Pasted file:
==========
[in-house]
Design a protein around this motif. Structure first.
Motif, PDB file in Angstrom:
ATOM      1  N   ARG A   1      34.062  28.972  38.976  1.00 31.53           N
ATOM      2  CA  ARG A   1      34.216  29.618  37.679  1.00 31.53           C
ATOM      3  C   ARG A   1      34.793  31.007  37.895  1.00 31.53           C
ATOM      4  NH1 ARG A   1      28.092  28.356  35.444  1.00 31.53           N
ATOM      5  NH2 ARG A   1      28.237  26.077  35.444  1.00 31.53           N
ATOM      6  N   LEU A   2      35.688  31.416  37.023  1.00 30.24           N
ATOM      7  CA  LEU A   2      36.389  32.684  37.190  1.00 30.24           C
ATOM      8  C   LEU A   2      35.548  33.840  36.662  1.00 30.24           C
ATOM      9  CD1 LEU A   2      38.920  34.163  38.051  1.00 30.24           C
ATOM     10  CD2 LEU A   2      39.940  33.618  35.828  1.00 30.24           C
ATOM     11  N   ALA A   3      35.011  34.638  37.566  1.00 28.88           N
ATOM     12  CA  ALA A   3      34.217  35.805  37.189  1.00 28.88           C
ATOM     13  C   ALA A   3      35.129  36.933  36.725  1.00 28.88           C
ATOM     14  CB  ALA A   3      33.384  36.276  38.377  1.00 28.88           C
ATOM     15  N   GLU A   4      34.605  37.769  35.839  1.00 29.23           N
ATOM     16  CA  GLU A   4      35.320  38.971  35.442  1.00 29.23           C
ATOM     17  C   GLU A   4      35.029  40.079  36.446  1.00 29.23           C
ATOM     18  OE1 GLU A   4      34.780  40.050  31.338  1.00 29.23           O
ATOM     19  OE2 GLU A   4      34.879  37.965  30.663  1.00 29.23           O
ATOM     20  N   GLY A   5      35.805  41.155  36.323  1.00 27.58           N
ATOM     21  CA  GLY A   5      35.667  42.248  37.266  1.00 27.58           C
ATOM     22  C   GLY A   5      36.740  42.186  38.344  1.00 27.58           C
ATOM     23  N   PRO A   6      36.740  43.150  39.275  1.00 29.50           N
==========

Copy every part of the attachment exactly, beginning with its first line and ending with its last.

[in-house]
Design a protein around this motif. Structure first.
Motif, PDB file in Angstrom:
ATOM      1  N   ARG A   1      34.062  28.972  38.976  1.00 31.53           N
ATOM      2  CA  ARG A   1      34.216  29.618  37.679  1.00 31.53           C
ATOM      3  C   ARG A   1      34.793  31.007  37.895  1.00 31.53           C
ATOM      4  NH1 ARG A   1      28.092  28.356  35.444  1.00 31.53           N
ATOM      5  NH2 ARG A   1      28.237  26.077  35.444  1.00 31.53           N
ATOM      6  N   LEU A   2      35.688  31.416  37.023  1.00 30.24           N
ATOM      7  CA  LEU A   2      36.389  32.684  37.190  1.00 30.24           C
ATOM      8  C   LEU A   2      35.548  33.840  36.662  1.00 30.24           C
ATOM      9  CD1 LEU A   2      38.920  34.163  38.051  1.00 30.24           C
ATOM     10  CD2 LEU A   2      39.940  33.618  35.828  1.00 30.24           C
ATOM     11  N   ALA A   3      35.011  34.638  37.566  1.00 28.88           N
ATOM     12  CA  ALA A   3      34.217  35.805  37.189  1.00 28.88           C
ATOM     13  C   ALA A   3      35.129  36.933  36.725  1.00 28.88           C
ATOM     14  CB  ALA A   3      33.384  36.276  38.377  1.00 28.88           C
ATOM     15  N   GLU A   4      34.605  37.769  35.839  1.00 29.23           N
ATOM     16  CA  GLU A   4      35.320  38.971  35.442  1.00 29.23           C
ATOM     17  C   GLU A   4      35.029  40.079  36.446  1.00 29.23           C
ATOM     18  OE1 GLU A   4      34.780  40.050  31.338  1.00 29.23           O
ATOM     19  OE2 GLU A   4      34.879  37.965  30.663  1.00 29.23           O
ATOM     20  N   GLY A   5      35.805  41.155  36.323  1.00 27.58           N
ATOM     21  CA  GLY A   5      35.667  42.248  37.266  1.00 27.58           C
ATOM     22  C   GLY A   5      36.740  42.186  38.344  1.00 27.58           C
ATOM     23  N   PRO A   6      36.740  43.150  39.275  1.00 29.50           N